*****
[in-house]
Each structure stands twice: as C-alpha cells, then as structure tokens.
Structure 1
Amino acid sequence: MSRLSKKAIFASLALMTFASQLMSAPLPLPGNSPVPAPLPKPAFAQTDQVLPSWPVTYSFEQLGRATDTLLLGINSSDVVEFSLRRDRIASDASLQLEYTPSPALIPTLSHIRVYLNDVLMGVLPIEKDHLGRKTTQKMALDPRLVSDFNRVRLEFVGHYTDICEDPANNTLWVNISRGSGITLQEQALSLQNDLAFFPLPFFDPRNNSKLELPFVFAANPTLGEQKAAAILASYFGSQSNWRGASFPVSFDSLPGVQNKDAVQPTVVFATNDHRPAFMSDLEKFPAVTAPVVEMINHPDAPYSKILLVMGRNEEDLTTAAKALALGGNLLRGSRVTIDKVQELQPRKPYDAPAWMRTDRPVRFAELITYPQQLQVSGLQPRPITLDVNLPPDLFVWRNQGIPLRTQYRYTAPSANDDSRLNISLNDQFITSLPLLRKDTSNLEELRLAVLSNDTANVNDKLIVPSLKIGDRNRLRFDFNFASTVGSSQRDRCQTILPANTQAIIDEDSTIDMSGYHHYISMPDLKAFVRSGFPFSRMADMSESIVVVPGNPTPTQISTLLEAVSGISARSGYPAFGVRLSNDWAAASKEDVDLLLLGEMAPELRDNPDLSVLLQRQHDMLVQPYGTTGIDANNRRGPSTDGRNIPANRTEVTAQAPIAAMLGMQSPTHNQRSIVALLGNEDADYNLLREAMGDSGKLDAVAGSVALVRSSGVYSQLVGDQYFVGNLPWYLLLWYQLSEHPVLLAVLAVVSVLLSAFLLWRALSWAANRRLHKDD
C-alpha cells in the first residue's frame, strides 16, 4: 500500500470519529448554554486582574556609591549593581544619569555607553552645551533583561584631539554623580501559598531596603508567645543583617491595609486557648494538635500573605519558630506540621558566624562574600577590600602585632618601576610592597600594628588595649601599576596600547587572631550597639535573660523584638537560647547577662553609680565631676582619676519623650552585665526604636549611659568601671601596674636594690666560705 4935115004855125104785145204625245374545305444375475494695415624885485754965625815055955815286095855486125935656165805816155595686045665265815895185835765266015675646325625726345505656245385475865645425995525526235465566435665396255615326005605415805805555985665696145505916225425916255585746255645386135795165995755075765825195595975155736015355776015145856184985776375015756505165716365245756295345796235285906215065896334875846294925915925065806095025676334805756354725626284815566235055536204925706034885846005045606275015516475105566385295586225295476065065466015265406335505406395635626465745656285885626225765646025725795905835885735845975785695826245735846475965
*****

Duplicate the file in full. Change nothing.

[in-house]
Each structure stands twice: as C-alpha cells, then as structure tokens.
Structure 1
Amino acid sequence: MSRLSKKAIFASLALMTFASQLMSAPLPLPGNSPVPAPLPKPAFAQTDQVLPSWPVTYSFEQLGRATDTLLLGINSSDVVEFSLRRDRIASDASLQLEYTPSPALIPTLSHIRVYLNDVLMGVLPIEKDHLGRKTTQKMALDPRLVSDFNRVRLEFVGHYTDICEDPANNTLWVNISRGSGITLQEQALSLQNDLAFFPLPFFDPRNNSKLELPFVFAANPTLGEQKAAAILASYFGSQSNWRGASFPVSFDSLPGVQNKDAVQPTVVFATNDHRPAFMSDLEKFPAVTAPVVEMINHPDAPYSKILLVMGRNEEDLTTAAKALALGGNLLRGSRVTIDKVQELQPRKPYDAPAWMRTDRPVRFAELITYPQQLQVSGLQPRPITLDVNLPPDLFVWRNQGIPLRTQYRYTAPSANDDSRLNISLNDQFITSLPLLRKDTSNLEELRLAVLSNDTANVNDKLIVPSLKIGDRNRLRFDFNFASTVGSSQRDRCQTILPANTQAIIDEDSTIDMSGYHHYISMPDLKAFVRSGFPFSRMADMSESIVVVPGNPTPTQISTLLEAVSGISARSGYPAFGVRLSNDWAAASKEDVDLLLLGEMAPELRDNPDLSVLLQRQHDMLVQPYGTTGIDANNRRGPSTDGRNIPANRTEVTAQAPIAAMLGMQSPTHNQRSIVALLGNEDADYNLLREAMGDSGKLDAVAGSVALVRSSGVYSQLVGDQYFVGNLPWYLLLWYQLSEHPVLLAVLAVVSVLLSAFLLWRALSWAANRRLHKDD
C-alpha cells in the first residue's frame, strides 16, 4: 500500500470519529448554554486582574556609591549593581544619569555607553552645551533583561584631539554623580501559598531596603508567645543583617491595609486557648494538635500573605519558630506540621558566624562574600577590600602585632618601576610592597600594628588595649601599576596600547587572631550597639535573660523584638537560647547577662553609680565631676582619676519623650552585665526604636549611659568601671601596674636594690666560705 4935115004855125104785145204625245374545305444375475494695415624885485754965625815055955815286095855486125935656165805816155595686045665265815895185835765266015675646325625726345505656245385475865645425995525526235465566435665396255615326005605415805805555985665696145505916225425916255585746255645386135795165995755075765825195595975155736015355776015145856184985776375015756505165716365245756295345796235285906215065896334875846294925915925065806095025676334805756354725626284815566235055536204925706034885846005045606275015516475105566385295586225295476065065466015265406335505406395635626465745656285885626225765646025725795905835885735845975785695826245735846475965